1.) Staging: You will be informed that no one wants to see your crap, so you need to put it all away. This means that your house is neater, but it also means that everything you want to use is in boxes up in the attic. You’re too lazy to pull them down, so you end up watching TV and buying takeout a lot.
2.) Showings: You will be given a one or two-hour window of time in which a home showing can take place. You are supposed to be gone from the house during that time, in order to make it a more comfortable experience for the buyer (not for you, who will be busy biting your nails at the nearby Starbucks).
Invariably, however, a sloppy realtor will “accidentally type the wrong time” into the automated appointment scheduler, and people will show up on your doorstep unannounced. Then you have 25 seconds to get your #%$^ together and rush to the front door to let them in (and yourself out).
If you’re really, really lucky, your house key will suddenly decide to break off in the front door, right in front of everyone. You will have to indicate in sign language through the glass that the realtor has to open it from her end. You hope that all parties will think it’s due to technology fail and not the fact that your key lock sucks.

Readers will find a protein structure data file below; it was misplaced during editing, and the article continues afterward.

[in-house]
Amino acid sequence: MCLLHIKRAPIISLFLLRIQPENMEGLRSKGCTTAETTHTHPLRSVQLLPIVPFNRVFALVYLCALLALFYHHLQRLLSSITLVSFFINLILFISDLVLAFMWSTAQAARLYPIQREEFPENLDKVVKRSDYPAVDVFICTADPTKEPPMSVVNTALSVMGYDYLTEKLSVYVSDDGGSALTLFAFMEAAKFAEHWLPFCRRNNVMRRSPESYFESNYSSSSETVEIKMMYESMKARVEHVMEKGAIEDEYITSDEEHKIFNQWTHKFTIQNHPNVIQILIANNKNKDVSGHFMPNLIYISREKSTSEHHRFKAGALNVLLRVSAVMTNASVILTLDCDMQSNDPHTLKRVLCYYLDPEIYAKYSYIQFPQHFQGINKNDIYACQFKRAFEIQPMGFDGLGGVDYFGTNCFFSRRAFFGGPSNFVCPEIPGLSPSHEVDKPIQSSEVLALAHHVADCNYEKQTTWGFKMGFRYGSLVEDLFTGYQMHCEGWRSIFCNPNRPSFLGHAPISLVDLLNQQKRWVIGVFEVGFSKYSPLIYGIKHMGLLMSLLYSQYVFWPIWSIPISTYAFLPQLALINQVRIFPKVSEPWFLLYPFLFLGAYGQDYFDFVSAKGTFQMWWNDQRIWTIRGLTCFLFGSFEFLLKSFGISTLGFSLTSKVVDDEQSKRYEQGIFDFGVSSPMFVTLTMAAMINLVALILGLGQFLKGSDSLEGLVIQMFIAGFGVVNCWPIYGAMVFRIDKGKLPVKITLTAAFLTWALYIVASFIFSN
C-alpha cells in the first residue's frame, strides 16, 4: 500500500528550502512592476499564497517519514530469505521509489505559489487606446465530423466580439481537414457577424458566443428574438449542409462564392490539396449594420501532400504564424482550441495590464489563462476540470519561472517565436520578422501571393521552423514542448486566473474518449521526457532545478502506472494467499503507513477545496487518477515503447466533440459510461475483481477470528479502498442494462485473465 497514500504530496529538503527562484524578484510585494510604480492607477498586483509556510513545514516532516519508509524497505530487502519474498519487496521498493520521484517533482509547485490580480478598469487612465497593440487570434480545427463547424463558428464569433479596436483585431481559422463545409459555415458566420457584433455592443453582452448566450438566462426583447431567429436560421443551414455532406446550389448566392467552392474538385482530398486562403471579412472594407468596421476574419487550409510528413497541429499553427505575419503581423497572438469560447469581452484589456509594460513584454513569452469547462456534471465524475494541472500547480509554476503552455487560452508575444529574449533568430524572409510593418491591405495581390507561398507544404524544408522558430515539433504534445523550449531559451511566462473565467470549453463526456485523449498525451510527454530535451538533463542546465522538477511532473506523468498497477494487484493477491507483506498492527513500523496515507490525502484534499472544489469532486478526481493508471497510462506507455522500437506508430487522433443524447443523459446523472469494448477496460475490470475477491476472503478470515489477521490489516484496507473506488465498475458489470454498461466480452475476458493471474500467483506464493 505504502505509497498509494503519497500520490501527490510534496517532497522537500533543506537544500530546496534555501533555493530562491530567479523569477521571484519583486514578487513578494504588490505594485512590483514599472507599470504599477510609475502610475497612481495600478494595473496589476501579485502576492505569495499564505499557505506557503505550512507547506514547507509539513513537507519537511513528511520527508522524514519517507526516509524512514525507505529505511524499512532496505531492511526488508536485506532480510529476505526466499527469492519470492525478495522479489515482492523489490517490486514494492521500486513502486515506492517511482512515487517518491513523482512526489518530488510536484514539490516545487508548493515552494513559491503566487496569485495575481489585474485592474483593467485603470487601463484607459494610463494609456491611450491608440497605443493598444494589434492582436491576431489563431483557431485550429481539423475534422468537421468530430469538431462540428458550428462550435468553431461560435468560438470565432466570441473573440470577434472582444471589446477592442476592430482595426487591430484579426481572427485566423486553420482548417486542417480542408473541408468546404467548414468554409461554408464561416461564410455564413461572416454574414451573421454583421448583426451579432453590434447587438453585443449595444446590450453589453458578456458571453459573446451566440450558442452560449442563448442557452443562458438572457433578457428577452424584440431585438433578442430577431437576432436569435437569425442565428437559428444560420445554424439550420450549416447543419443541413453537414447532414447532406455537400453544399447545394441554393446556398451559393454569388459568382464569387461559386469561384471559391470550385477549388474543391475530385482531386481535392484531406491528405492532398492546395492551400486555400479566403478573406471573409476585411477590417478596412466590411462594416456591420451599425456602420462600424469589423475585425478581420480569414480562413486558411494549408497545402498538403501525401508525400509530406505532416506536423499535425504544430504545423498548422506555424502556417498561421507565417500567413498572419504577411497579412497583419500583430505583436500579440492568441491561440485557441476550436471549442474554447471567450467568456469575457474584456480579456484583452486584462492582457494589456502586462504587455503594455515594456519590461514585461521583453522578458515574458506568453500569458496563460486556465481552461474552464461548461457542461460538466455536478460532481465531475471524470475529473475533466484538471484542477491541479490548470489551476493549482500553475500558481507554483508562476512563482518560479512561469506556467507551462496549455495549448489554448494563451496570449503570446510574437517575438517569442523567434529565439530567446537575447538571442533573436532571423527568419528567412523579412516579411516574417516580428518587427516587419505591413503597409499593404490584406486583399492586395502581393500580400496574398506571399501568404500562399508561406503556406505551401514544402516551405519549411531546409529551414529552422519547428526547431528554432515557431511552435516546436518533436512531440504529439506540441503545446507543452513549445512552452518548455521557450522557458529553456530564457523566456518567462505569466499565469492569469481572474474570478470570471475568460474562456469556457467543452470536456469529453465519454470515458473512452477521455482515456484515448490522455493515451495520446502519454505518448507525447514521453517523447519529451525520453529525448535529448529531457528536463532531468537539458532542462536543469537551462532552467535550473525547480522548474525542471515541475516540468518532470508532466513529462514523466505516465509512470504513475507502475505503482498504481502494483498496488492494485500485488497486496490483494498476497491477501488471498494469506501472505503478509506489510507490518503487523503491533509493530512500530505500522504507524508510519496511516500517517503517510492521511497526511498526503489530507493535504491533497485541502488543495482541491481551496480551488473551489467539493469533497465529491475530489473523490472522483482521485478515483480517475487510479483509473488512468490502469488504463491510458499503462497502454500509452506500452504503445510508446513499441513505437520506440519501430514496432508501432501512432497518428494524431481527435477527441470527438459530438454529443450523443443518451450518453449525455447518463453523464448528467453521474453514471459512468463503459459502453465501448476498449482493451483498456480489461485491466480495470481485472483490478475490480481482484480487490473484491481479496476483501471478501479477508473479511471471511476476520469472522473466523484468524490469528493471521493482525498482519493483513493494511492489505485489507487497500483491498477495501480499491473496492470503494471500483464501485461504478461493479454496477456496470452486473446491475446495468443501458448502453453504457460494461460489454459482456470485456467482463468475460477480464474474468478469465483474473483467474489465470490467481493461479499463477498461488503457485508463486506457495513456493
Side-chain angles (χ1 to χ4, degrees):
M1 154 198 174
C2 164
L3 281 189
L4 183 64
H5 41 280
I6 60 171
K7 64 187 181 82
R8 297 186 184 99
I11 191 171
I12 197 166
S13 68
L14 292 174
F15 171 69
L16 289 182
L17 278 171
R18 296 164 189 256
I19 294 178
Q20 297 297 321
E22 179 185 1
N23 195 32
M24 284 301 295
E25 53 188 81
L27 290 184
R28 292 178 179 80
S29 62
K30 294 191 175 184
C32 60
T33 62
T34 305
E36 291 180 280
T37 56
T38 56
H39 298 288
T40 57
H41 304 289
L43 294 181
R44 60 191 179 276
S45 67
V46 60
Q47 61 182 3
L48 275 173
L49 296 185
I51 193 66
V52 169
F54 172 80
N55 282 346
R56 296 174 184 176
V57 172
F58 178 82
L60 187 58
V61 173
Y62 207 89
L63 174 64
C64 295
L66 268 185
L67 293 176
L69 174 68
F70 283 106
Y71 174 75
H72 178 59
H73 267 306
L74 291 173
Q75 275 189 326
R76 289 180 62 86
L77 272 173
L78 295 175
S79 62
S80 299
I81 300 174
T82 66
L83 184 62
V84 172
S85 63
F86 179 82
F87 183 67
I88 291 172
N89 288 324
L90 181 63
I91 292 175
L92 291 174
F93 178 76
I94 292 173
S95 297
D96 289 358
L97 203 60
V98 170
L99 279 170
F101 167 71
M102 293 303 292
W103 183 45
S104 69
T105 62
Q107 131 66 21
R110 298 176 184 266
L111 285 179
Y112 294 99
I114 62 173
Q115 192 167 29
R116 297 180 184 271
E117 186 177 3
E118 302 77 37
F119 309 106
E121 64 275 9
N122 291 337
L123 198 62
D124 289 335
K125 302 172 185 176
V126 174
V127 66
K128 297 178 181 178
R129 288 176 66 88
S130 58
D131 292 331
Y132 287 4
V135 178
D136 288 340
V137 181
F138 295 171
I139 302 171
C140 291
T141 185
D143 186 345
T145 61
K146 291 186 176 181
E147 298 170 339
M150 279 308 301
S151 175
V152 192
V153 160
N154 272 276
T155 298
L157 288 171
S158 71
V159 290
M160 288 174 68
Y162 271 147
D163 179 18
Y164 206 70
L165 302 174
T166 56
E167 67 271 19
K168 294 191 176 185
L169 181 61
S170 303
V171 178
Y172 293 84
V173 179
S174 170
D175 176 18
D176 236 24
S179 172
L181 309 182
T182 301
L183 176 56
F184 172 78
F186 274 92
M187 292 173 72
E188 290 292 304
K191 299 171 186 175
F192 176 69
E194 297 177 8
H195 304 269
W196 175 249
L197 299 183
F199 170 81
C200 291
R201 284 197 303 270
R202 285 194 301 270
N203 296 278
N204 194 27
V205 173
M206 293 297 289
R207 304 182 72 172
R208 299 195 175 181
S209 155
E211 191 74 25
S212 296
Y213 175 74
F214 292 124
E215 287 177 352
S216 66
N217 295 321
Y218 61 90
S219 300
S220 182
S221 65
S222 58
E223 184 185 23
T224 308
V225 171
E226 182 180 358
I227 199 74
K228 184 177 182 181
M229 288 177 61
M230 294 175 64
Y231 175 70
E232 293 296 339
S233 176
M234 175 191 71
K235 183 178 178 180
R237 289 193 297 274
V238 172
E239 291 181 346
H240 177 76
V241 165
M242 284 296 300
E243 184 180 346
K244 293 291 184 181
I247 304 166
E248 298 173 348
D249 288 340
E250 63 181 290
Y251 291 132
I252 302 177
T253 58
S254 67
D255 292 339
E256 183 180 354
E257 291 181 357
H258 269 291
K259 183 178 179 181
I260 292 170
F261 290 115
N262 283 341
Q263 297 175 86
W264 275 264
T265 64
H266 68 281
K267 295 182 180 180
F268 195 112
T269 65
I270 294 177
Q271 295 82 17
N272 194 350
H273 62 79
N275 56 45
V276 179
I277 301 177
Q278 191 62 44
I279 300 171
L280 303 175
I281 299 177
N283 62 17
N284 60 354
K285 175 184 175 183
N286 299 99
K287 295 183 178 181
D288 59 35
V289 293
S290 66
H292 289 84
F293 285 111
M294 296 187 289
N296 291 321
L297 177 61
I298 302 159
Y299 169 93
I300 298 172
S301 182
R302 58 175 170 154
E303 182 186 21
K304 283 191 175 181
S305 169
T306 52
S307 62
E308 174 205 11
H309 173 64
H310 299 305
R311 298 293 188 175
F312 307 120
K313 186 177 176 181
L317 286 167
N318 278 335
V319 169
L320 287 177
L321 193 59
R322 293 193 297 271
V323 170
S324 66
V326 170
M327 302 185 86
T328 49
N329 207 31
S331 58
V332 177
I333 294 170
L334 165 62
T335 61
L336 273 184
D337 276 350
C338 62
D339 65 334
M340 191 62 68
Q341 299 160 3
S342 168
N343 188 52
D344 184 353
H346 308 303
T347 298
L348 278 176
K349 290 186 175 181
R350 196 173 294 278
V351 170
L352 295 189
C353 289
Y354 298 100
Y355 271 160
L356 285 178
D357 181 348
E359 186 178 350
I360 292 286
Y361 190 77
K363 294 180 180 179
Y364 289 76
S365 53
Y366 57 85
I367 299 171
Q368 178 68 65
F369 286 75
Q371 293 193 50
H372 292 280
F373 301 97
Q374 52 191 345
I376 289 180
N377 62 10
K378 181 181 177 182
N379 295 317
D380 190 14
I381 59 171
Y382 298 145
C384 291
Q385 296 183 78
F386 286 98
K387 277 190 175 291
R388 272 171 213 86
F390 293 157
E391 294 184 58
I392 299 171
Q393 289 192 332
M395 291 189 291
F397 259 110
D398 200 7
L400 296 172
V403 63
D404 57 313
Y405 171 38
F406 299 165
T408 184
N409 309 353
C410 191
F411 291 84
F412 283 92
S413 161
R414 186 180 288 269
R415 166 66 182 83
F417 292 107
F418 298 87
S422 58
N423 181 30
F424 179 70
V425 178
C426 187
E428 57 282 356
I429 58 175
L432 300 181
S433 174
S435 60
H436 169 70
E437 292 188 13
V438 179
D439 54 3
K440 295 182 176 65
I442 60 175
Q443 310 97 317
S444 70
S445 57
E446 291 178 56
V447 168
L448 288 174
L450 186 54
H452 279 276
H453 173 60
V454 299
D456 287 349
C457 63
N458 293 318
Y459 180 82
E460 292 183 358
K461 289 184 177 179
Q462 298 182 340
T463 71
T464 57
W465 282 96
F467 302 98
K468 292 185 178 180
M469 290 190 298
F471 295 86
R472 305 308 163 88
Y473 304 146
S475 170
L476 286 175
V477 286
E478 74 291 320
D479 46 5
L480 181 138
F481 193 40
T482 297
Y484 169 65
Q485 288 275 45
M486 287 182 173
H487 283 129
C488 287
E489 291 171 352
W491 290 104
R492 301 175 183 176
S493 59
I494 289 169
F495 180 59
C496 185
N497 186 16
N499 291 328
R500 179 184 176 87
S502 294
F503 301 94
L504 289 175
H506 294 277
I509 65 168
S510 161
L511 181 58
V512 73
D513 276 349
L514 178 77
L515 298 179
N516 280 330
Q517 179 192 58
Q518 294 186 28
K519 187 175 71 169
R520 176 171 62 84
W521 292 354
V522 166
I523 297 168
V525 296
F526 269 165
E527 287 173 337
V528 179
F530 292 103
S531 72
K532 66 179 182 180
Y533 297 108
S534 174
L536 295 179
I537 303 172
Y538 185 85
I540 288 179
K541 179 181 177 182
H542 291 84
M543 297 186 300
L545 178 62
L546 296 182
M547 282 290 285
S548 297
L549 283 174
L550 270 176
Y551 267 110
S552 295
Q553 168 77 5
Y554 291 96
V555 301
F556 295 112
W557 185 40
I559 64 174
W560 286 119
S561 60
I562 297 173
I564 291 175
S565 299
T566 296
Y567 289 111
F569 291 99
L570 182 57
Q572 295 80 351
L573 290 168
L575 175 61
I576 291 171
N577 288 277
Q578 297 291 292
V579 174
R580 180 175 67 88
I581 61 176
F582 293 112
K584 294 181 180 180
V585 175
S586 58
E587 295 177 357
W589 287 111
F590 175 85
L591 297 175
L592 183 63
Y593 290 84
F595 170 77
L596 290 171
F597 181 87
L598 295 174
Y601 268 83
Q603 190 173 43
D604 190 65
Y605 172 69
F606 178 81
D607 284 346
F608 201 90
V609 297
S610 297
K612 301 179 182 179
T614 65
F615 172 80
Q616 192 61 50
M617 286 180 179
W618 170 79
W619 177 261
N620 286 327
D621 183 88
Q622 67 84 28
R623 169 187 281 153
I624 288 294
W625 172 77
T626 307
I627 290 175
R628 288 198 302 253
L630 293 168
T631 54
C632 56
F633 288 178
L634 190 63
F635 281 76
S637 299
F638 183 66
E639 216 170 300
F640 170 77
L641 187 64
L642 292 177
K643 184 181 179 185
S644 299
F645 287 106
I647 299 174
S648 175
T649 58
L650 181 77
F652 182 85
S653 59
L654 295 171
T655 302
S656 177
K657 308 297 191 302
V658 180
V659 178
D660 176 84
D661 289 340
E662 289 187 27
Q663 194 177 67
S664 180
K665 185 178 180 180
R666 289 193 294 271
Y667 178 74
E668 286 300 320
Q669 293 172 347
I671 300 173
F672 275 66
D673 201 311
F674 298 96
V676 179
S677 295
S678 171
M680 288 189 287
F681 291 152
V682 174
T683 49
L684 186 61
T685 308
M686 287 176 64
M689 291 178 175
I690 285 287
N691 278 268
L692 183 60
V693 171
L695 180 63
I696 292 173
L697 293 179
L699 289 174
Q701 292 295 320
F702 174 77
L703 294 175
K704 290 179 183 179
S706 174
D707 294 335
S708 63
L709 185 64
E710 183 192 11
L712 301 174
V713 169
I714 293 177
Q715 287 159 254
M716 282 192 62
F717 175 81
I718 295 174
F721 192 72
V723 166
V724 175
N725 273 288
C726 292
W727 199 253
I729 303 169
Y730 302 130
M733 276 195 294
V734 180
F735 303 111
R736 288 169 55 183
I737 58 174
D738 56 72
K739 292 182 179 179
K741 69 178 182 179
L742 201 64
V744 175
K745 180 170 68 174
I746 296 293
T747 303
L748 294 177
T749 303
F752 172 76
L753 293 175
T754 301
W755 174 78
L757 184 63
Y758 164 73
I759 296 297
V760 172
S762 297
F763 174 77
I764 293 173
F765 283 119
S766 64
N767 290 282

3.) Maintenance: Since the house needs to be showing-ready, it must constantly stay neat and clean and tidy. This means that you will spend the day madly fighting the encroaches of entropy, and by the evening you will have nothing left to do. This is a unique experience. You will wander around the empty rooms looking for tumbleweed as you try to figure out what you’re supposed to do with your life since for once you’re not behind on cleaning. You can’t even enjoy yourself, because most of your stuff is up in the attic (see #1 above), and bubble baths are probably out of the question (see point #5 below).
4.) Unexpected company: In order to keep the house perfect, you will constantly be washing floors, windows, mirrors, cupboards, etc. Yet despite the cleanliness of your house, it will attract a giant bug, which will somehow cross the chemical barriers you had put down (against your better judgment) and die a spectacular, leg-waving death in the middle of the bathroom floor.
Naturally, said bug will make his debut (and exit) after you’ve stepped out of the house. You wonder what reaction he evinced from his audience. You hope they were open-minded, but the absence of forthcoming offers suggests otherwise.
5.) New lifestyle: Everything becomes a cost-benefit analysis, or a cost-mess analysis. Exhausted? Need a nice soak in a bubble bath? No thanks, because then you’ll have to clean the bathtub. Care for a gourmet dinner? Not if you have to scrub the pots immediately afterward instead of leaving them to “soak” for two days.
Heck, it’s tempting to just go on an extended vacation for the duration of the selling process so you no longer have to smooth out the bed or clean the shower.
So how to cope? Well, you try. You think positive thoughts about buyers. You get nervous and excited every time you get a call for a showing. You hover over your email in case realtor feedback comes in. You get annoyed and frustrated when it doesn’t. Your excitement degenerates into panic. You wonder why the heck these morons won’t just buy this $^#$*&#* house already.
You can’t handle it, so you write a blog post about it.
Then you sit back and wait for the next showing . . . and the next story.